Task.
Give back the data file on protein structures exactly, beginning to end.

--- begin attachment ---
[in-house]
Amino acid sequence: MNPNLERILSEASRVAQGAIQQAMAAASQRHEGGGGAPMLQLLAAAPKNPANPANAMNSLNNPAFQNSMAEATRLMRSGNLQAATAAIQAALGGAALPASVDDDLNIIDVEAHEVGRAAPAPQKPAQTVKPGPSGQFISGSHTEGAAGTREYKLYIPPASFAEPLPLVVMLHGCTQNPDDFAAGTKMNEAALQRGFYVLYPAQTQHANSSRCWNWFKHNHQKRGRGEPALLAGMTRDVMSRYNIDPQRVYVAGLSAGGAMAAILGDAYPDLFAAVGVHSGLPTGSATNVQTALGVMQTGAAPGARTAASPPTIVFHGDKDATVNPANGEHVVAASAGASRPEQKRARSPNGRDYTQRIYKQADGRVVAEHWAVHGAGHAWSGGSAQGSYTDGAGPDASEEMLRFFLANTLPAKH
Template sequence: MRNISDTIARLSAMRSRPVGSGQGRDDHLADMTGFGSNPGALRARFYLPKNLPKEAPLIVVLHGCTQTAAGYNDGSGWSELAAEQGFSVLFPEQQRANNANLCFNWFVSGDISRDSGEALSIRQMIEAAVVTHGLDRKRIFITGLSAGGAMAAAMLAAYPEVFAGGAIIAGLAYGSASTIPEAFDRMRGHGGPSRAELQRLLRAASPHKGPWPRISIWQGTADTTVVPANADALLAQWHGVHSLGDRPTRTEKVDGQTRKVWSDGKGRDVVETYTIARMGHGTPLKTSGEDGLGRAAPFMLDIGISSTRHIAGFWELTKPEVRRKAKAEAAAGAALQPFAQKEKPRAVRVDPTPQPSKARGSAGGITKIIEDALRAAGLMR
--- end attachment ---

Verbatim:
[in-house]
Amino acid sequence: MNPNLERILSEASRVAQGAIQQAMAAASQRHEGGGGAPMLQLLAAAPKNPANPANAMNSLNNPAFQNSMAEATRLMRSGNLQAATAAIQAALGGAALPASVDDDLNIIDVEAHEVGRAAPAPQKPAQTVKPGPSGQFISGSHTEGAAGTREYKLYIPPASFAEPLPLVVMLHGCTQNPDDFAAGTKMNEAALQRGFYVLYPAQTQHANSSRCWNWFKHNHQKRGRGEPALLAGMTRDVMSRYNIDPQRVYVAGLSAGGAMAAILGDAYPDLFAAVGVHSGLPTGSATNVQTALGVMQTGAAPGARTAASPPTIVFHGDKDATVNPANGEHVVAASAGASRPEQKRARSPNGRDYTQRIYKQADGRVVAEHWAVHGAGHAWSGGSAQGSYTDGAGPDASEEMLRFFLANTLPAKH
Template sequence: MRNISDTIARLSAMRSRPVGSGQGRDDHLADMTGFGSNPGALRARFYLPKNLPKEAPLIVVLHGCTQTAAGYNDGSGWSELAAEQGFSVLFPEQQRANNANLCFNWFVSGDISRDSGEALSIRQMIEAAVVTHGLDRKRIFITGLSAGGAMAAAMLAAYPEVFAGGAIIAGLAYGSASTIPEAFDRMRGHGGPSRAELQRLLRAASPHKGPWPRISIWQGTADTTVVPANADALLAQWHGVHSLGDRPTRTEKVDGQTRKVWSDGKGRDVVETYTIARMGHGTPLKTSGEDGLGRAAPFMLDIGISSTRHIAGFWELTKPEVRRKAKAEAAAGAALQPFAQKEKPRAVRVDPTPQPSKARGSAGGITKIIEDALRAAGLMR